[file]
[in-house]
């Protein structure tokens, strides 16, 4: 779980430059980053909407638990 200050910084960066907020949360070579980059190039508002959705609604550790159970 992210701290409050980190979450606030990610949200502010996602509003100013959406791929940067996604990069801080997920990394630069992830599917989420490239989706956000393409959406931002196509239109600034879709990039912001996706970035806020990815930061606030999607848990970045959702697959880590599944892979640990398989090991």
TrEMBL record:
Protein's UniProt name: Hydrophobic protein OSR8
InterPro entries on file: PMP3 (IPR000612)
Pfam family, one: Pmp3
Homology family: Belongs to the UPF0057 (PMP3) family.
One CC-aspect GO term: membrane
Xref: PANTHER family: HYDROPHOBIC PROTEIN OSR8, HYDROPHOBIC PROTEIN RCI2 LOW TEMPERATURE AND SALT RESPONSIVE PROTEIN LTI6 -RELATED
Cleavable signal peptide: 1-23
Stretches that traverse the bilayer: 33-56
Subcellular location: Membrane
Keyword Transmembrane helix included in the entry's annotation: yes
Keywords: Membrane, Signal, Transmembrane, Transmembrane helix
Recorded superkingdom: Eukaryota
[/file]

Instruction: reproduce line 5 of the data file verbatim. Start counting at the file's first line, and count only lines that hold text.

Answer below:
InterPro entries on file: PMP3 (IPR000612)